|| This explanation may be incomplete or incorrect: Need more explanation. Why does white hat want one?|
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Cueball claims to have a camera with a ‘superzoom’ lens that can take pictures of objects that are too far away for real life cameras to observe. By making up specific details about objects that are not visible to a normal eye, he manages to convince White Hat of the camera’s extraordinary ability. Statements that contain specific details tend to be true, which is exactly why Cueball uses such specific details in his (presumably) deceptive statements. Being naturally envious of such a camera, White Hat expresses an interest in buying such a camera which (most likely) does not exist.
Guy with camera: I love these superzoom cameras. [Lie] For a few hundred dollars you can take pictures of moon craters and Jupiter's clouds.
Guy with camera: And birds! See that speck up there?
Guy with camera: Peregrine falcon!
Guy with camera: It's banded, too. Want the number?
Guy with camera: And see that plane?
[Camera says "click"]
Guy with camera: 787 Dreamliner
Guy with camera: Japan Airlines.
Guy with camera: Registration is-
Guy with hat: Ok, I'm sold- I want one.
[muffled clicking of a camera in the distance]
Guy with camera: They're in stock at the place on Union Road.
Guy with camera: Hey, Kevin's working today! He's great.
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Camera guy is an asshole. 184.108.40.206 (talk) (please sign your comments with ~~~~)
- Didn't realise donkeys could fit in a guy!
- Anyhow, does anyone know if those cameras are really that good? 220.127.116.11 (talk) (please sign your comments with ~~~~)
Alternatively, its possible he's borrowing this camera from beret guy. Too bad he didn't check to see if it dispenses soup; now we'll never know.
18.104.22.168 15:08, 12 August 2016 (UTC)
I don't think the comic mentioned anything about the price of the camera. 22.214.171.124 16:12, 12 August 2016 (UTC)
- Yes, he does; see the first panel. But I had to look twice after reading your comment. :) 126.96.36.199 16:59, 12 August 2016 (UTC)
I think this comic might be inspired by this video I recently saw  --Eluvatar (talk) 17:48, 12 August 2016 (UTC)
Here's a video of the Nikon P900 https://www.youtube.com/watch?v=p-0X3xJf-kg which has 166x optical zoom 188.8.131.52 (talk) (please sign your comments with ~~~~)
- Thins this last video is more relevant than the one above. Have used this in the explanation. --Kynde (talk) 12:30, 13 August 2016 (UTC)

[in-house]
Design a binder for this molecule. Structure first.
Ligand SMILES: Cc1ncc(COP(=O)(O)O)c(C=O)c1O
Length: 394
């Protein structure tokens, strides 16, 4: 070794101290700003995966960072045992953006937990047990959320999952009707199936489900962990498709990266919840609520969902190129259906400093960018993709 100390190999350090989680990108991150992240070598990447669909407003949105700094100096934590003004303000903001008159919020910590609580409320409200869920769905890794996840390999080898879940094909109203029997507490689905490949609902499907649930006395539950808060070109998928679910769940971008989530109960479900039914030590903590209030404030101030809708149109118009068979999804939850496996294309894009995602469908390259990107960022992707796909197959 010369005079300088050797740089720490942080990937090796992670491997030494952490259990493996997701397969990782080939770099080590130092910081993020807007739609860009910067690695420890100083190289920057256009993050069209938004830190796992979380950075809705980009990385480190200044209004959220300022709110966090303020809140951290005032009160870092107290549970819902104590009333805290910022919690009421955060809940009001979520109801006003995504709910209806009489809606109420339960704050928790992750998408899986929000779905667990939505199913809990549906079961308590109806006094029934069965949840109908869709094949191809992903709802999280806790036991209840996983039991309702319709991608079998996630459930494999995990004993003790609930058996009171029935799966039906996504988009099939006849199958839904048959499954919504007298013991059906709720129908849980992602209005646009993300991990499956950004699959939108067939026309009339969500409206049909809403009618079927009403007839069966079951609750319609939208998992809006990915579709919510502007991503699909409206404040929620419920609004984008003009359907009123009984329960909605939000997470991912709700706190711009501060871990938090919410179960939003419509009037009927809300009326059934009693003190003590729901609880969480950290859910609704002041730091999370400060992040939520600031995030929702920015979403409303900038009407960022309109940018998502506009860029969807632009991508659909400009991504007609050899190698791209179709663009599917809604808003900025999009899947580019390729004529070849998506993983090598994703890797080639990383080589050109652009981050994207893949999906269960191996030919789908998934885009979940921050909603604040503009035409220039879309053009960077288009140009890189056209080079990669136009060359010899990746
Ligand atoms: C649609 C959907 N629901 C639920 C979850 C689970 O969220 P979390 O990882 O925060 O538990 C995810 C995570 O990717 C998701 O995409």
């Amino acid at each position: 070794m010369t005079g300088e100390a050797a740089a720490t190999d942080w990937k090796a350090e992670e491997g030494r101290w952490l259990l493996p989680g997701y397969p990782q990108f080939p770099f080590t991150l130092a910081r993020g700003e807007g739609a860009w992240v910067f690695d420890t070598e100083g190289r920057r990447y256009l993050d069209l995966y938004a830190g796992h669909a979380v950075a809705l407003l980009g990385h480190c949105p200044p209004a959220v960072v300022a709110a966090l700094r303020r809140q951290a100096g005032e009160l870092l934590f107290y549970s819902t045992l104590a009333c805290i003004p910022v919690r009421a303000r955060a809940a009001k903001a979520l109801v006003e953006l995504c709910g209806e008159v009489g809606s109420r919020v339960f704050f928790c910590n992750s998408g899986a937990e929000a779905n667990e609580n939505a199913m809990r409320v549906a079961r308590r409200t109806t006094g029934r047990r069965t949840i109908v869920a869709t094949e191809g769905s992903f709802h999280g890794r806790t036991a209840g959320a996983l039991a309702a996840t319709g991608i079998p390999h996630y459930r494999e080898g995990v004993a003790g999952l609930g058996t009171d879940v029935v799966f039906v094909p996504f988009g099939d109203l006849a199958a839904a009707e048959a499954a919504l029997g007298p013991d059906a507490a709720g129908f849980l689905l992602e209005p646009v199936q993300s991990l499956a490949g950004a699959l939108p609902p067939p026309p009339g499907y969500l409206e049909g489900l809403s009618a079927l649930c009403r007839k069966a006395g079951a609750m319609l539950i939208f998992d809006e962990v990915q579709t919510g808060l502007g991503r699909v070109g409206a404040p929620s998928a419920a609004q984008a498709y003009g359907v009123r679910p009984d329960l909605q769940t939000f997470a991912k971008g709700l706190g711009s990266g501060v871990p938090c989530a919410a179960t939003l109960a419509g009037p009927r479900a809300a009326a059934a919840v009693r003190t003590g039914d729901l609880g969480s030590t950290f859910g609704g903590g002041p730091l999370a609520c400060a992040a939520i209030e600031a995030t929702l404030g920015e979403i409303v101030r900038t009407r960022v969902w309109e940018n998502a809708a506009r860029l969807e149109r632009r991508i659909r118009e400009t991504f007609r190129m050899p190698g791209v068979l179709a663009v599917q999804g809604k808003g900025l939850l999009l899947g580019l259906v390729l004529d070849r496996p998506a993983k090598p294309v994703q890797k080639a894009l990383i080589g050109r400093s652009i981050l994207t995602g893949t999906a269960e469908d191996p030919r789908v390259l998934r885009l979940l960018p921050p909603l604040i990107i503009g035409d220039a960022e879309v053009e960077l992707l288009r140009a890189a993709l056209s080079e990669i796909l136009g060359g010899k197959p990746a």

This feels like something Buttercup Festival would think up of. 184.108.40.206 19:56, 12 August 2016 (UTC)
I understand cruising altitudes vary, but I've been able to see airplane reg numbers using a 6MP APS-C dslr at 200mm and post-shot image review zoom. Has anyone done resolution math to fact check the assertion? 220.127.116.11 23:10, 12 August 2016 (UTC)
- Editing this comment to add: And the title text - note the stain shirt is after the click comment. Really sounds like zooming into the image - which at a high resolution, shows a lot. 18.104.22.168 (talk) (please sign your comments with ~~~~)
Never mind the distance factor. I'd be astonished if he can make out who's working in the store if there are any walls in the way. 22.214.171.124 08:54, 13 August 2016 (UTC)Andrew Williams
- Have you heard of windows? ;-p Who says he is that far away. To me it seems that such a small camera as shown here can do all he claims except take pictures of the clouds of Jupiter, see links in the explanation. Also there are no indication of how far away either bird, plane or Kevin is, so it is not possible to say they are too far away to see anything. And of course they have to be visible from Cueball's location, it's not an "x-ray" camera with superman vision! The number on the birds band is probably not readable from just one side of the ring/bird, as it goes around the ring... But to make out those numbers turned his way may be possible. However as he is looking up indicating the bird is flying it would be difficult to get a great picture (especially handheld). But if the falcon is soaring it can stay very still even in the air. So apart from the handheld part it seems very likely that this is possible, and that is a bit scary. Any time you are standing in a spot where someone can see you from afar, then they can tell if you have forgotten to zip up your fly from a couple of miles away! ;-) --Kynde (talk) 12:25, 13 August 2016 (UTC)
Super zoom doesn't mean super magnification; a zoom lens is a lens which allows the focal length to be varied. Some zoom lenses (e.g., Tamron's 150-600) do give high magnification, but others (e.g. Nikon's 10-24mm) do not magnify. "Super zoom" isn't even a word that has meaning, though I suppose something like a 8-300 could be called super zoom (if it could even be built) A telephoto lens magnifies; a super telephoto magnifies a lot. The opposite of a zoom lens is a Fixed focal length, aka Prime, lens. Long lenses (over 100mm) are telephoto. The 5400mm lens linked to in the explanation is a Prime lens (essentially a telescope with a camera mount; notice it's a reflector design, not a refractor like a zoom lens must be). As far as reading bird bands, I use a Tamron 150-600 at 600mm on my Canon 5D when recording bands during spring snow goose migration; works well for birds up to 150 yards away or so. Note that goose bands are much bigger than those used on Falcons. That lens is properly called a telephoto zoom lens. 126.96.36.199 04:56, 14 August 2016 (UTC)
- Superzoom (1 word) is a term for a fixed-lens camera with excess of "15x" optical zoom. Source: 7 years of reading Popular Photography magazine covers. 188.8.131.52 (talk) (please sign your comments with ~~~~)